Palestinian Refugees at the center again
Palestinian Refugees at the center again
By Mazin Qumsiyeh, PhD
Author, “Sharing the Land of Canaan: Human Rights and the Israeli/Palestinian Struggle”
40,000 Palestinian refugees were directly affected by the recent Lebanese army attack (funded by the US government) on a fringe group. A few hundred Palestinian refugees are stranded on the borders of Iraq trying to flee the direct and deliberate attacks on them and the refusal of the so-called "government" of Iraq and the US/British occupation forces to provide protections. Israeli occupation forces (funded and armed by the US) attack refugee camps in the occupied West Bank and Gaza almost on a daily basis. These tragedies in Lebanon, occupied Iraq, and occupied Palestine once again highlight the truth that no peace is possible without addressing the central issue of the festering conflicts in Western Asia: the displacement of Palestinians by the Zionist movement backed by Western powers. While awareness of this in the International community is widespread, there is self-censorship in the US mainstream media to the detriment of US national interests.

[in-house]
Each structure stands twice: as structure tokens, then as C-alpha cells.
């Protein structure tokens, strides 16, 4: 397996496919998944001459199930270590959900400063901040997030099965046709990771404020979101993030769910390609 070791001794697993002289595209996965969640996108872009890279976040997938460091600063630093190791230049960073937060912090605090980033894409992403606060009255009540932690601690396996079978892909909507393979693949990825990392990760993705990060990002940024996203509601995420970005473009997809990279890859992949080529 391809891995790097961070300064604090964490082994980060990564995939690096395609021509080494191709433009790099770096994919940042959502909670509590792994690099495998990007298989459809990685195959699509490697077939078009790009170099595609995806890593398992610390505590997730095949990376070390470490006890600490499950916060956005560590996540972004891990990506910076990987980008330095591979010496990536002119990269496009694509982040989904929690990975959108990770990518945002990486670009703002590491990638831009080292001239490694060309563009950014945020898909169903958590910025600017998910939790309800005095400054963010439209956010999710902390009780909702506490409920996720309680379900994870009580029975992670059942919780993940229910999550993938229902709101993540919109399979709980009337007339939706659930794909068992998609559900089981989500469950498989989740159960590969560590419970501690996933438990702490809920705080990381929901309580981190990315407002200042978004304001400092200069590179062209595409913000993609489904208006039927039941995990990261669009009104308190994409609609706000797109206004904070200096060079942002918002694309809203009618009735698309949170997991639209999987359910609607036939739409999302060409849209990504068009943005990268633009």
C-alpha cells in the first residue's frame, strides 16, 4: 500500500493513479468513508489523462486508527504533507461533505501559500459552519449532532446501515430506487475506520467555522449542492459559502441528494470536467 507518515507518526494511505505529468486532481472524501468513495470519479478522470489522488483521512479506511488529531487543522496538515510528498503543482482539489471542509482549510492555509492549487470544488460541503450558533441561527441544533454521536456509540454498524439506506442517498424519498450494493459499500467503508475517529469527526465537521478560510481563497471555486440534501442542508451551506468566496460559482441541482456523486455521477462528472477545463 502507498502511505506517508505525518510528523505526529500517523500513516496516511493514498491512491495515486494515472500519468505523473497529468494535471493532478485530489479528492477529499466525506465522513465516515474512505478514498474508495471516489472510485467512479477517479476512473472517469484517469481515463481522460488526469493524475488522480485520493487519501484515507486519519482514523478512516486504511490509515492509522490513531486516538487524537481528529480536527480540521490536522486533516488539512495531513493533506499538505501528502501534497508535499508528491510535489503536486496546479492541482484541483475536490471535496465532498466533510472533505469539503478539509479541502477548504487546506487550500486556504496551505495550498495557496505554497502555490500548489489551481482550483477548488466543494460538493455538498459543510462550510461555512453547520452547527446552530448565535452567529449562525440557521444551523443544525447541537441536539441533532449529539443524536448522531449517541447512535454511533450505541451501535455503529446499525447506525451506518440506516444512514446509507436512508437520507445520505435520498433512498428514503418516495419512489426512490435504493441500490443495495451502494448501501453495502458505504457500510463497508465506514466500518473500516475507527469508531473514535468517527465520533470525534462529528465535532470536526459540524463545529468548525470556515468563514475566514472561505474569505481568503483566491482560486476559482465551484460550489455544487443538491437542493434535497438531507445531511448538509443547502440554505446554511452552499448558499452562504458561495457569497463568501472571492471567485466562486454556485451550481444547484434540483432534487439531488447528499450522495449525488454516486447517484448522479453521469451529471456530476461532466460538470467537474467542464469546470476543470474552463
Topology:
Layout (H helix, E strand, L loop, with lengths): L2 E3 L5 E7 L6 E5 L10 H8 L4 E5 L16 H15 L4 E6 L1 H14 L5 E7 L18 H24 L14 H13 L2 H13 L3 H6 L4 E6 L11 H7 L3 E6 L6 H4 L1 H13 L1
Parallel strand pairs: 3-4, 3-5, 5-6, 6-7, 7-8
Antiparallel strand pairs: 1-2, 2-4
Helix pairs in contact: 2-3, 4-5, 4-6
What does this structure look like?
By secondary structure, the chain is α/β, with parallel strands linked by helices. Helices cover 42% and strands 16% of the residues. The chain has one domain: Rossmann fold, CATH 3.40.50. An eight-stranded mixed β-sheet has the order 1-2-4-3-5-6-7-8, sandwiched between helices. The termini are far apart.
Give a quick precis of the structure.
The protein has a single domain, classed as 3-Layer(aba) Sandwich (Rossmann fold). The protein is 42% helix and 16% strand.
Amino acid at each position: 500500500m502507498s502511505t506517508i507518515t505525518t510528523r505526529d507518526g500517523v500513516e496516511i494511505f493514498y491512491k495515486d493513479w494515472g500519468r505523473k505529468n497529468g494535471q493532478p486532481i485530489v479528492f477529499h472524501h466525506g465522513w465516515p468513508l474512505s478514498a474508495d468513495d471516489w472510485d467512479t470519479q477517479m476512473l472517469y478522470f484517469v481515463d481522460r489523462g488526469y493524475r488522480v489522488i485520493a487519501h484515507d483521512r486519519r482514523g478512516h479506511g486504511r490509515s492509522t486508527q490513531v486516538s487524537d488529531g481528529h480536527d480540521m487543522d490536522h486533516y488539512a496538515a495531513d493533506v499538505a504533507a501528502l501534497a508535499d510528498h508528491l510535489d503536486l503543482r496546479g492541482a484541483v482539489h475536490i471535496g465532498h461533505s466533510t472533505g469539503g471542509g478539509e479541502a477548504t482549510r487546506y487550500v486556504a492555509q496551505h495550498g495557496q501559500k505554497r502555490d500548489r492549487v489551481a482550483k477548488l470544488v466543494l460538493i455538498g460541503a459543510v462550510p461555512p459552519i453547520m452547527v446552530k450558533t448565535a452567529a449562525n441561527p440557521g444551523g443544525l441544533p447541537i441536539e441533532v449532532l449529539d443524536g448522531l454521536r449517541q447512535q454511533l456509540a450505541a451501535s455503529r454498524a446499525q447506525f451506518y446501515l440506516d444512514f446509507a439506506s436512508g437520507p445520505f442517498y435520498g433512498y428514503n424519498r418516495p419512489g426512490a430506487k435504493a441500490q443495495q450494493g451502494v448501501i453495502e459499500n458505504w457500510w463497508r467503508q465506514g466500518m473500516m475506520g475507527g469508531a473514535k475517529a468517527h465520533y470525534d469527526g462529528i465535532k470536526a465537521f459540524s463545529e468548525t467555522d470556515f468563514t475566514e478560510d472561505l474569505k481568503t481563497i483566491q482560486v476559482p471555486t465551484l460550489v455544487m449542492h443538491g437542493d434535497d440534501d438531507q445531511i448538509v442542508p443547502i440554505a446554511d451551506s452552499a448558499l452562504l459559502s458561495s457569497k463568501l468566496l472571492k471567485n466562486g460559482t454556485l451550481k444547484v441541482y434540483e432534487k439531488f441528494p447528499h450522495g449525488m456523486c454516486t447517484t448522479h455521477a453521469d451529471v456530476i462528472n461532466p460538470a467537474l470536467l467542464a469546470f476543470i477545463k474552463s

The British and French empires made promises to the Zionist movement in 1917 to establish a "Jewish homeland" in Palestine if they won WWI. At the time, Palestine had a minority Jewish presence of 7% living on 3% of privately owned land. Jewish land ownership at the eve of the British-inspired, American-pushed UN General Assembly RECOMMENDATION of dividing Palestine into a "Jewish state" (55 percent of the land) and an "Arab state" (45 percent) in 1947 was less than seven percent of all privately held lands. This recommendation was never implemented and instead Israel was unilaterally declared by force and only admitted to the UN after assurances that it would comply in a "timely manner" with UN resolutions including those calling for Palestinian refugees to be repatriated. Yet, from that time forward, Israel backed by Western powers methodically expanded and destroyed the economic and political life of the remaining native Palestinians. As a result of sometimes ingenious and other times brutal ways of ethnic cleansing, a vast majority of Palestinian families (Christians and Muslims) have lost lands or homes. Israel/Palestine now has about five million Jews and five million Christians and Muslims. Of the nine million Palestinians in the world, nearly six million are refugees or displaced persons. A quarter of Israel's 1.2 million "Goyim" (non-Jewish) citizens are considered by the Israeli legal system as "present-absentees"; lands and homes vacated by Christian and Muslim refugees and "absentees" are considered state property and turned over to the Jewish agency that administers the land and leases it only to Jews. Dozens of Palestinian villages and towns are "unrecognized" inside the borders of what became Israel by 1949. Even as recent as last month, one whole Bedouin village in the Negev was destroyed. These are the lucky ones because they are considered by law Israeli (albeit 10th class) citizens. The situation in the occupied areas (including refugee camps in those areas) is much worse.